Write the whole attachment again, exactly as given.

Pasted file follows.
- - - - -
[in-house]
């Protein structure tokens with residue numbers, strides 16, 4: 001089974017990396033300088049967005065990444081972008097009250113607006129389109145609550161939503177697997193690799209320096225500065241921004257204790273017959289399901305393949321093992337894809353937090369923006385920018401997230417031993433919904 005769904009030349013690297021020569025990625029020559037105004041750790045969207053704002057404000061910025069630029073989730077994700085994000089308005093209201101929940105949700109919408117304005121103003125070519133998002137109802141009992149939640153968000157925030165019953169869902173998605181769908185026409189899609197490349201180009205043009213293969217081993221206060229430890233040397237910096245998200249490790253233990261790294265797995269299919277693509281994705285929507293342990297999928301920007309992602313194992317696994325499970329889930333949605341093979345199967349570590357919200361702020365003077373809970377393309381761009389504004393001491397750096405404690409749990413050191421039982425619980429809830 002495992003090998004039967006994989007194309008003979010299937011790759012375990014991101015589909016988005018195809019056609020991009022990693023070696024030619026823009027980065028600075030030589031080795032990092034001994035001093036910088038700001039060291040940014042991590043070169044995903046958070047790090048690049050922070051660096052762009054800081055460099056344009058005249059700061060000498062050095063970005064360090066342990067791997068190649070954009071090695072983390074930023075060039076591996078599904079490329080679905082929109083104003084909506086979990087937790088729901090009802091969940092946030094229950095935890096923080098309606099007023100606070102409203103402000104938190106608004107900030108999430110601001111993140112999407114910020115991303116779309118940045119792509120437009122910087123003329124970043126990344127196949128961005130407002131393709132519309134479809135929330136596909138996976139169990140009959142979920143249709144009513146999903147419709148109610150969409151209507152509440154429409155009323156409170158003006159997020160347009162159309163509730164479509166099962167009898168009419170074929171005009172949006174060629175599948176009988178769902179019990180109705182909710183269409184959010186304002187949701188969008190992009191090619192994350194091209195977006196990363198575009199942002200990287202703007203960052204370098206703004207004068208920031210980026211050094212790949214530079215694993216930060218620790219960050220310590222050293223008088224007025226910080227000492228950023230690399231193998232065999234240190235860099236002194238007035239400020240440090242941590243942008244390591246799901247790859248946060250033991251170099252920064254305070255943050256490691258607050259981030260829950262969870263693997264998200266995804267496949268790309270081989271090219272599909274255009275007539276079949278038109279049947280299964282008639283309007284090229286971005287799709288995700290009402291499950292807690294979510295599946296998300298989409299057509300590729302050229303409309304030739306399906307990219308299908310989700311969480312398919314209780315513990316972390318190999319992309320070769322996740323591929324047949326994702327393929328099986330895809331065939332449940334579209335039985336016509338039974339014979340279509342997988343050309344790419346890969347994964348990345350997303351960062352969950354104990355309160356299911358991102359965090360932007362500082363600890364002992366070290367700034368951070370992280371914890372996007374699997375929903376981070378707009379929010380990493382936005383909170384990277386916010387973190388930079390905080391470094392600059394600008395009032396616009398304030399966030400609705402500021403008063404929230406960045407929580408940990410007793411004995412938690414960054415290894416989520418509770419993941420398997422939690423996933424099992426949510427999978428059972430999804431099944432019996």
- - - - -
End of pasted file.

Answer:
[in-house]
């Protein structure tokens with residue numbers, strides 16, 4: 001089974017990396033300088049967005065990444081972008097009250113607006129389109145609550161939503177697997193690799209320096225500065241921004257204790273017959289399901305393949321093992337894809353937090369923006385920018401997230417031993433919904 005769904009030349013690297021020569025990625029020559037105004041750790045969207053704002057404000061910025069630029073989730077994700085994000089308005093209201101929940105949700109919408117304005121103003125070519133998002137109802141009992149939640153968000157925030165019953169869902173998605181769908185026409189899609197490349201180009205043009213293969217081993221206060229430890233040397237910096245998200249490790253233990261790294265797995269299919277693509281994705285929507293342990297999928301920007309992602313194992317696994325499970329889930333949605341093979345199967349570590357919200361702020365003077373809970377393309381761009389504004393001491397750096405404690409749990413050191421039982425619980429809830 002495992003090998004039967006994989007194309008003979010299937011790759012375990014991101015589909016988005018195809019056609020991009022990693023070696024030619026823009027980065028600075030030589031080795032990092034001994035001093036910088038700001039060291040940014042991590043070169044995903046958070047790090048690049050922070051660096052762009054800081055460099056344009058005249059700061060000498062050095063970005064360090066342990067791997068190649070954009071090695072983390074930023075060039076591996078599904079490329080679905082929109083104003084909506086979990087937790088729901090009802091969940092946030094229950095935890096923080098309606099007023100606070102409203103402000104938190106608004107900030108999430110601001111993140112999407114910020115991303116779309118940045119792509120437009122910087123003329124970043126990344127196949128961005130407002131393709132519309134479809135929330136596909138996976139169990140009959142979920143249709144009513146999903147419709148109610150969409151209507152509440154429409155009323156409170158003006159997020160347009162159309163509730164479509166099962167009898168009419170074929171005009172949006174060629175599948176009988178769902179019990180109705182909710183269409184959010186304002187949701188969008190992009191090619192994350194091209195977006196990363198575009199942002200990287202703007203960052204370098206703004207004068208920031210980026211050094212790949214530079215694993216930060218620790219960050220310590222050293223008088224007025226910080227000492228950023230690399231193998232065999234240190235860099236002194238007035239400020240440090242941590243942008244390591246799901247790859248946060250033991251170099252920064254305070255943050256490691258607050259981030260829950262969870263693997264998200266995804267496949268790309270081989271090219272599909274255009275007539276079949278038109279049947280299964282008639283309007284090229286971005287799709288995700290009402291499950292807690294979510295599946296998300298989409299057509300590729302050229303409309304030739306399906307990219308299908310989700311969480312398919314209780315513990316972390318190999319992309320070769322996740323591929324047949326994702327393929328099986330895809331065939332449940334579209335039985336016509338039974339014979340279509342997988343050309344790419346890969347994964348990345350997303351960062352969950354104990355309160356299911358991102359965090360932007362500082363600890364002992366070290367700034368951070370992280371914890372996007374699997375929903376981070378707009379929010380990493382936005383909170384990277386916010387973190388930079390905080391470094392600059394600008395009032396616009398304030399966030400609705402500021403008063404929230406960045407929580408940990410007793411004995412938690414960054415290894416989520418509770419993941420398997422939690423996933424099992426949510427999978428059972430999804431099944432019996």